TCS Daily


Hostages to the Boomer Narrative

By Douglas Kern - December 1, 2004 12:00 AM

We agreed on everything except one small point: he was certain that all Republicans were racist.

His certainty illustrates everything that is broken between red and blue America. And the certainty of his death demonstrates how that brokenness will be repaired.

My co-worker was a black Baby Boomer, who grew to manhood in the heyday of the civil rights movement. His opinions on crime, welfare, divorce, homosexuality, religion, and foreign policy would put him on the conservative wing of the Republican Party. But, as a young man in the sixties, he became convinced that all Republicans were racists. No amount of argument or counter-examples could persuade him to the contrary.

He didn't take Republicanism personally. He had many Republicans friends -- including some of the local party leaders. But Republicans were racists. Perhaps they didn't mean to be. But they were. All of them. Without exception.

My friend is a pillar of the community, a force for justice, and a great man. He is also a cantor for a story that ceased to be true decades ago, if it was ever true at all. His children will surely be Republicans. They will inherit his conservative outlook and principles, shorn of resentment and historical baggage. But my friend's convictions will never change. They will last as long as he does.

But he won't last forever. In forty or so years, he will die, and his broken narrative of the world will die with him.

The most intractable problems spring from fundamental differences in human nature. But the most fundamental aspect of human nature is mortality. We will all die, and the worst of our more useless disagreements will die with us. Death is a uniter, not a divider.

I first detected the artificial quality of America's divisions during the first Gulf War, when grey-haired remnants from the '60s protested the war with a vocabulary and style indistinguishable from the protests of the Vietnam War. At the time, their behavior puzzled me. The Gulf War was obviously unlike the Vietnam War in nearly all important respects. Reasonable people might be opposed to both wars for different reasons, but why would anyone think that the conflicts were similar?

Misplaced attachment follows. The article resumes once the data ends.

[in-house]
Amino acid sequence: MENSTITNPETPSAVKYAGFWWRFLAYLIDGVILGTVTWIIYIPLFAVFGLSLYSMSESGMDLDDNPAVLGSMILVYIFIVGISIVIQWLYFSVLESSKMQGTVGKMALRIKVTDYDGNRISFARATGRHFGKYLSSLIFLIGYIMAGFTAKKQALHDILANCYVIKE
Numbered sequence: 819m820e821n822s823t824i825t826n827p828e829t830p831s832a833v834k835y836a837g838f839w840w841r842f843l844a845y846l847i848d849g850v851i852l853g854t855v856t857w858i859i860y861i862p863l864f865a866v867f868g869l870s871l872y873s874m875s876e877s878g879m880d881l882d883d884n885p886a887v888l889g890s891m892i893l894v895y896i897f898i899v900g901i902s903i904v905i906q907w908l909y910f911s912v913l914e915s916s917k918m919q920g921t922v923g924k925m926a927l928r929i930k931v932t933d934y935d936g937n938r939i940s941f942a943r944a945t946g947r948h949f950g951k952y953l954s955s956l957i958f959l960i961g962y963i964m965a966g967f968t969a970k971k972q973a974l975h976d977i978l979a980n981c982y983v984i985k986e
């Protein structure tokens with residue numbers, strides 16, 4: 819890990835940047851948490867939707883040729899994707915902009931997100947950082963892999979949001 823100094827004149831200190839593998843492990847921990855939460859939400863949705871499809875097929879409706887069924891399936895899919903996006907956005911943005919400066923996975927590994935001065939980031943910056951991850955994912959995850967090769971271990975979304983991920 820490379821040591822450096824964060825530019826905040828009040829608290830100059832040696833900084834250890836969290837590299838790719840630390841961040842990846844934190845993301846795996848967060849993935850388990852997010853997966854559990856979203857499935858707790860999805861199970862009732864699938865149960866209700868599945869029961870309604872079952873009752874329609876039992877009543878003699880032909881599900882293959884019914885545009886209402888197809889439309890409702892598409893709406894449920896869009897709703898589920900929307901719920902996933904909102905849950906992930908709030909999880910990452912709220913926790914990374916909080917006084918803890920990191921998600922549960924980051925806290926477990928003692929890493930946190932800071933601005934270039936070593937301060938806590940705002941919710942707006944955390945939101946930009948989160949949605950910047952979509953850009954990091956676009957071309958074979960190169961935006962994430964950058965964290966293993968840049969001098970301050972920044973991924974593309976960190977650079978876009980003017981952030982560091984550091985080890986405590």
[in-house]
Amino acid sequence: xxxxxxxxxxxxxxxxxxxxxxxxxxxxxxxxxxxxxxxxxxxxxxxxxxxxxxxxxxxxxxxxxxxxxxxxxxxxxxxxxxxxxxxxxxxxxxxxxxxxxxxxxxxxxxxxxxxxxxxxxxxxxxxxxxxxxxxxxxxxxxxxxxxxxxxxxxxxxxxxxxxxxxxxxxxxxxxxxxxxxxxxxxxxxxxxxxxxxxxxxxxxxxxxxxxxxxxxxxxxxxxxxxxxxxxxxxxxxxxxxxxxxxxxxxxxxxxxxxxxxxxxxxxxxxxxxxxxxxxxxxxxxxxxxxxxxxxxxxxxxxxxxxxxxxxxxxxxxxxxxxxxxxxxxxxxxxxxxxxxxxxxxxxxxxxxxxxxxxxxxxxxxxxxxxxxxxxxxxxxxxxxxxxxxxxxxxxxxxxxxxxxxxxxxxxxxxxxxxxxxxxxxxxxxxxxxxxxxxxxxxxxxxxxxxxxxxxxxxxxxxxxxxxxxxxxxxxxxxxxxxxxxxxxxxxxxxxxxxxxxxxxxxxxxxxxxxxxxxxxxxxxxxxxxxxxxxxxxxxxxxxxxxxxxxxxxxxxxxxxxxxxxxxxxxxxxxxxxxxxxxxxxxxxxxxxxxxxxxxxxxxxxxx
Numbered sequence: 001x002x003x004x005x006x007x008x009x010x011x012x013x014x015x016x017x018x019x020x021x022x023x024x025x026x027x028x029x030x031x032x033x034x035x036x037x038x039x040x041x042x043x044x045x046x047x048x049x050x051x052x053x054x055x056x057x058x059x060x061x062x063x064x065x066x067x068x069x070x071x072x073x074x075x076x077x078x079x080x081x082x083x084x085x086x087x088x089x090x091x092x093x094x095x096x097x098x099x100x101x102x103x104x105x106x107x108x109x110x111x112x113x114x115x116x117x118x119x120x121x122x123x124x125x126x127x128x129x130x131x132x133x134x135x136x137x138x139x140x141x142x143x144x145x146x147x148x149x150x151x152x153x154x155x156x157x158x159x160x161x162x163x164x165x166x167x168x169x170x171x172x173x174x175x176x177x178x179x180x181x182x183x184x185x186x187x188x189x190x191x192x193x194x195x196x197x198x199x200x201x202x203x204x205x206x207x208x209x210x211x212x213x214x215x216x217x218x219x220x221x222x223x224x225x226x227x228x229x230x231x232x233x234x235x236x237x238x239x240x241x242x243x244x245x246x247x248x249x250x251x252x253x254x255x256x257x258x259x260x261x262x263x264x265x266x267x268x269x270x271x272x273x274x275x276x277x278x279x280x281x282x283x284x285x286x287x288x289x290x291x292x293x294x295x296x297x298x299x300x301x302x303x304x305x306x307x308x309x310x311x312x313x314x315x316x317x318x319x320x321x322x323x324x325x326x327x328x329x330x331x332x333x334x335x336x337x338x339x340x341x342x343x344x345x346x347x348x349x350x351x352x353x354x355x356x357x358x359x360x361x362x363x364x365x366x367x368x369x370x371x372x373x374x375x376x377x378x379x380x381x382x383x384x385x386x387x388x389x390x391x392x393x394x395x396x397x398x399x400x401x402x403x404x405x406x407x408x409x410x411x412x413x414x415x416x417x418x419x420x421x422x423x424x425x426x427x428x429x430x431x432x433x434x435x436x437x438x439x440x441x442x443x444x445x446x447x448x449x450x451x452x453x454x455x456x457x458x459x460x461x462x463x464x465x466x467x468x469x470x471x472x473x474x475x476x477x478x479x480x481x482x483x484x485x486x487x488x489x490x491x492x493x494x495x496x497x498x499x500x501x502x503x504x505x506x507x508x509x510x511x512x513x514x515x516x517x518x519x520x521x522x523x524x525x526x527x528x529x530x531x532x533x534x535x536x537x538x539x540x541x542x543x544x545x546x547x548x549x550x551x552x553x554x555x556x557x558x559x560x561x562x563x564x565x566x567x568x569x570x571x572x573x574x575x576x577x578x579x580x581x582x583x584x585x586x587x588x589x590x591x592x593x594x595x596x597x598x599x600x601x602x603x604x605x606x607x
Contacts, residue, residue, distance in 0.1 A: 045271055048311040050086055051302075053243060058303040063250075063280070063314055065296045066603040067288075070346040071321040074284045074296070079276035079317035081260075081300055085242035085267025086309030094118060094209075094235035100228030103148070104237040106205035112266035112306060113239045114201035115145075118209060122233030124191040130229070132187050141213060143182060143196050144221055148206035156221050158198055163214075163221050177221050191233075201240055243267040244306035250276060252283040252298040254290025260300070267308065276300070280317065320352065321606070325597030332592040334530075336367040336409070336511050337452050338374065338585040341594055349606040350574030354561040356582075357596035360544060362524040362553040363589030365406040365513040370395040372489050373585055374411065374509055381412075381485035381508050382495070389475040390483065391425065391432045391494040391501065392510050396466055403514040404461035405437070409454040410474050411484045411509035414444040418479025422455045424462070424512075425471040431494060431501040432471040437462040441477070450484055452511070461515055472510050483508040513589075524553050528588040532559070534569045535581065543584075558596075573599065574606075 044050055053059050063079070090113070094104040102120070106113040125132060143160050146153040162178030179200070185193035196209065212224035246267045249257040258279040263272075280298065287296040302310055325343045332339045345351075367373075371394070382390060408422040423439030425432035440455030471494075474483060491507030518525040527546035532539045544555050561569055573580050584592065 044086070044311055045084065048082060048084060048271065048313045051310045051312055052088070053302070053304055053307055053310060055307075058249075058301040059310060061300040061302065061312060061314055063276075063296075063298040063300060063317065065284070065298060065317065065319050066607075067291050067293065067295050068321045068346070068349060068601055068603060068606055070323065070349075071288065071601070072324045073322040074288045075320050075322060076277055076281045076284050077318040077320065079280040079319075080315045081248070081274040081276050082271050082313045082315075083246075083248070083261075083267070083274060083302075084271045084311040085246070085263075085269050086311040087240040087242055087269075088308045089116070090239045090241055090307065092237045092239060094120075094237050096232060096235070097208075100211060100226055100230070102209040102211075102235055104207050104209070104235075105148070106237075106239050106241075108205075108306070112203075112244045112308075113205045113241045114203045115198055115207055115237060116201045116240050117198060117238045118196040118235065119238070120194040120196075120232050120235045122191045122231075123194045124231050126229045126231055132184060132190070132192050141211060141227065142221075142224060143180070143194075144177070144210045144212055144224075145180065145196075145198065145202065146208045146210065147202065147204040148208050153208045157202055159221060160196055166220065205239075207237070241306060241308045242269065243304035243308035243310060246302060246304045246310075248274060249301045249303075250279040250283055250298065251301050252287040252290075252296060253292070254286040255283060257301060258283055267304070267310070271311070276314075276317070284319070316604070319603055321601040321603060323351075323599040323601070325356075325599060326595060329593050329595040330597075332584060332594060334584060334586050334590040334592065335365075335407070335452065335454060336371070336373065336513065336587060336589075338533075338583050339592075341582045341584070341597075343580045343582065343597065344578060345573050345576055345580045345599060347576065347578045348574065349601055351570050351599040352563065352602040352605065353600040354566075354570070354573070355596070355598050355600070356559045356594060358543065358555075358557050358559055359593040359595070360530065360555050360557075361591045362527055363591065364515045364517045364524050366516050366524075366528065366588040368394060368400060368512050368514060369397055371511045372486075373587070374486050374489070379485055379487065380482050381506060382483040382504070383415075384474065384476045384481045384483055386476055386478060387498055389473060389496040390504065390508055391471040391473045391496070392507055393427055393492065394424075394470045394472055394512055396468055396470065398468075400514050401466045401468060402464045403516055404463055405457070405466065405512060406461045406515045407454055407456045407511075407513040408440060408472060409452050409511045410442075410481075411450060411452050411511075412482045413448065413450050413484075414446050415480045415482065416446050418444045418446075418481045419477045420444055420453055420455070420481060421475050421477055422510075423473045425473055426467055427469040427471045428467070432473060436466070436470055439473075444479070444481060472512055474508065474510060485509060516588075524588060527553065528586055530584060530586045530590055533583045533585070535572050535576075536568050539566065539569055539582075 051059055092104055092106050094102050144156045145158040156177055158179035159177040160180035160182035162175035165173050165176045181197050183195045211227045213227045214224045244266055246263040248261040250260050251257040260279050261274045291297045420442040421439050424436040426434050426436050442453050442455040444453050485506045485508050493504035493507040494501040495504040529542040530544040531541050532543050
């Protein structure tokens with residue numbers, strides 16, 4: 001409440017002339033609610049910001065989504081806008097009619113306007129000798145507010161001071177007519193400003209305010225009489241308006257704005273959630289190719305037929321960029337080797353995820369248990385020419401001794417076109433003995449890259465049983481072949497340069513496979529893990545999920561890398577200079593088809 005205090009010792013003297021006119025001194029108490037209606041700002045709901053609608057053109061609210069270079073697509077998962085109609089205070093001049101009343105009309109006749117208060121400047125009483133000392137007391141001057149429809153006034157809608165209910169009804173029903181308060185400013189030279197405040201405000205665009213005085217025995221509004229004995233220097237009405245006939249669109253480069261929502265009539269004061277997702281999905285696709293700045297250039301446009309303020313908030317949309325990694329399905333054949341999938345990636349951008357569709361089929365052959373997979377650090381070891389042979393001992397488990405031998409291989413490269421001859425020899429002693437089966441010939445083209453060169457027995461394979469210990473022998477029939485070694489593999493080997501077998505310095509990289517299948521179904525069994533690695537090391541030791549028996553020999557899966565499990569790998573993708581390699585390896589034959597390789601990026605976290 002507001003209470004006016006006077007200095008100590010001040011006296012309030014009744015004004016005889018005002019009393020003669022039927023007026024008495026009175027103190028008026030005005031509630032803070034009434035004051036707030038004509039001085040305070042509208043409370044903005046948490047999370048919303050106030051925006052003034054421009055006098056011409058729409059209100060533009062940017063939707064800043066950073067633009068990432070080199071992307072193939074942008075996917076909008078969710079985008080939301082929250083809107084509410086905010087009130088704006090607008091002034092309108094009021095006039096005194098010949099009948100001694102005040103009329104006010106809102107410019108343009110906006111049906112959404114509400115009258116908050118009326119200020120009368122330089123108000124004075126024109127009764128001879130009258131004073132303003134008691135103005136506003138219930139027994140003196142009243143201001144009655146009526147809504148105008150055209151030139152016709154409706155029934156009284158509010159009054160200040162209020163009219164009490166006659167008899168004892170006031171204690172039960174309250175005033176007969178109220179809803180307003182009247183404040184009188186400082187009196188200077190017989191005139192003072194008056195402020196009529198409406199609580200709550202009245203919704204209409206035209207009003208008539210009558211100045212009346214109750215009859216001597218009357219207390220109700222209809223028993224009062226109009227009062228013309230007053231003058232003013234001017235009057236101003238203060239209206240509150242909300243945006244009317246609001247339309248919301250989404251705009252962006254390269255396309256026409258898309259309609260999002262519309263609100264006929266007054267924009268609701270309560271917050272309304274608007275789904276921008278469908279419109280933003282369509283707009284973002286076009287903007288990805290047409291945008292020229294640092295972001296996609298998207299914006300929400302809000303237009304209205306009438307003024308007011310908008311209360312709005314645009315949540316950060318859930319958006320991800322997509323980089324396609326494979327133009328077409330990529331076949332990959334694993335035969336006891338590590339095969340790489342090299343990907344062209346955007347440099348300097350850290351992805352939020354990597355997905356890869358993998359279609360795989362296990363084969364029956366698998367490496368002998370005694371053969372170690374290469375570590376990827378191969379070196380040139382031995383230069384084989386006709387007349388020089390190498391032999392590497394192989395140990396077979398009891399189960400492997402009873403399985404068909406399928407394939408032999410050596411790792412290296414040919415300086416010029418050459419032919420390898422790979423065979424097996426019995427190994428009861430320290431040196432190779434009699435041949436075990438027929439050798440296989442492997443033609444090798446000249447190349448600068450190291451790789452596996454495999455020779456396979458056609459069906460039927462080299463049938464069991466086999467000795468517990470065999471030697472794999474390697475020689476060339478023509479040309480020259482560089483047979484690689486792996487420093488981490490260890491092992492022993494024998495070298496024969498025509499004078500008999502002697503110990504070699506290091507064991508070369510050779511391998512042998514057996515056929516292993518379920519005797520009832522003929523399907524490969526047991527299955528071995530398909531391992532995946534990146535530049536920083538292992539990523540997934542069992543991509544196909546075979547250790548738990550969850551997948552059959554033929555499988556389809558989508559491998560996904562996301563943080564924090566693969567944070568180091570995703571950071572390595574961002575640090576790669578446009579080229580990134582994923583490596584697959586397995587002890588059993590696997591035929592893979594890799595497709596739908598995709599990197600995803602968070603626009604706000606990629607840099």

The similarity was not in the conflicts, but in the perceptions of the protestors. They treated the Gulf War like Vietnam because Vietnam was the only context in which they could understand any war.

Not everyone indulged in such mental laziness; some thinkers detected the relevant differences, and changed their positions accordingly. But stories are hard things to change. And while anyone can change, most people don't.

We are all cursed to carry the debris of the stories we composed as young adults. Every generation falls prey to the habit of applying old mental habits to new problems. But our society is particularly afflicted in this regard, because our dominant generation -- the Baby Boomers -- influences our culture to a degree unmatched in our history. By comparison to all previous generations of Americans, the Baby Boomers are 1) innumerable, 2) stupendously wealthy, 3) well-educated, 4) possessed of ample free time, and 5) destined to live to be 150, thanks to good nutrition and modern medicine.

Thus, we are held hostage to the Baby Boomer narrative. From the mid-60s to the present, the defining Baby Boomer conflict has remained the same: Uptight God-Fearing Pleasure-Eschewing Squares vs. Pleasure-Seeking Free-Loving Individualist Beautiful People. Now Generations X and Y find themselves acting out this one-act play -- but the costumes don't fit, the roles are all miscast, and the dialogue is decades out of date.